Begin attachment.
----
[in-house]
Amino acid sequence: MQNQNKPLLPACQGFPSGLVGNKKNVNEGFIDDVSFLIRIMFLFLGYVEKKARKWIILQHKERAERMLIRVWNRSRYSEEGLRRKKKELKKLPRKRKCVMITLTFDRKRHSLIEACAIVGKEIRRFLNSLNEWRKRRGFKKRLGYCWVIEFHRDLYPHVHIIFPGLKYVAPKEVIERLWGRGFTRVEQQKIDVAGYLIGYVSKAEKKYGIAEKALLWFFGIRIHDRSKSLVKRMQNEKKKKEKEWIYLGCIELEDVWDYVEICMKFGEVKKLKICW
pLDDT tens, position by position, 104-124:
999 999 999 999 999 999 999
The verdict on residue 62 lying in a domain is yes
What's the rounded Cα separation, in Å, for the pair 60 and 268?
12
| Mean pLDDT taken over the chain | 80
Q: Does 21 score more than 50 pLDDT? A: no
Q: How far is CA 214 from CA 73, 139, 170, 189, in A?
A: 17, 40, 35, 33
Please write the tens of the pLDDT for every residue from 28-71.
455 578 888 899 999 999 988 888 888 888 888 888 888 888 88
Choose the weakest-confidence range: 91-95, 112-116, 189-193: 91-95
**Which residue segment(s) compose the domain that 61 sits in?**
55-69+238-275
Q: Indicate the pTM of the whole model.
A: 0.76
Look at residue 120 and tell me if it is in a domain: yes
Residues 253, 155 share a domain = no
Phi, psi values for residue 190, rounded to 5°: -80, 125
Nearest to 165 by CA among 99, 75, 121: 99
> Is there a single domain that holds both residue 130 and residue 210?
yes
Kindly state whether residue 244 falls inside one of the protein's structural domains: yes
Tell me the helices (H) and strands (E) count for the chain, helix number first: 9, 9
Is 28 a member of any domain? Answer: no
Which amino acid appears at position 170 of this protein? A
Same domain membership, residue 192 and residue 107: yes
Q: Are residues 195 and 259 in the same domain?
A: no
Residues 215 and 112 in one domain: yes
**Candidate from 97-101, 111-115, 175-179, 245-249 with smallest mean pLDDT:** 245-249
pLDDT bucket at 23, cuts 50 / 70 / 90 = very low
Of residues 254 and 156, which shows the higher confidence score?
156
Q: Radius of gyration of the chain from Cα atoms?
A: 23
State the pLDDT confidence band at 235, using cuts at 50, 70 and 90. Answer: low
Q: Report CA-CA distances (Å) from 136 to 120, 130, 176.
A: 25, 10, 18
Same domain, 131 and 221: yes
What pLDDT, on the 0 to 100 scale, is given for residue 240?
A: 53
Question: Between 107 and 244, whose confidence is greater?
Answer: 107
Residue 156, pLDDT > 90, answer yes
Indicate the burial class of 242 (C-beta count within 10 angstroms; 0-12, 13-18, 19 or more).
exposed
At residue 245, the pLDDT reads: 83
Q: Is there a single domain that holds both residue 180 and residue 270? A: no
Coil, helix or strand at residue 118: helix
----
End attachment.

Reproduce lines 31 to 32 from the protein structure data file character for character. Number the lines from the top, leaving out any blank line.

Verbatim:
A: no
Residues 215 and 112 in one domain: yes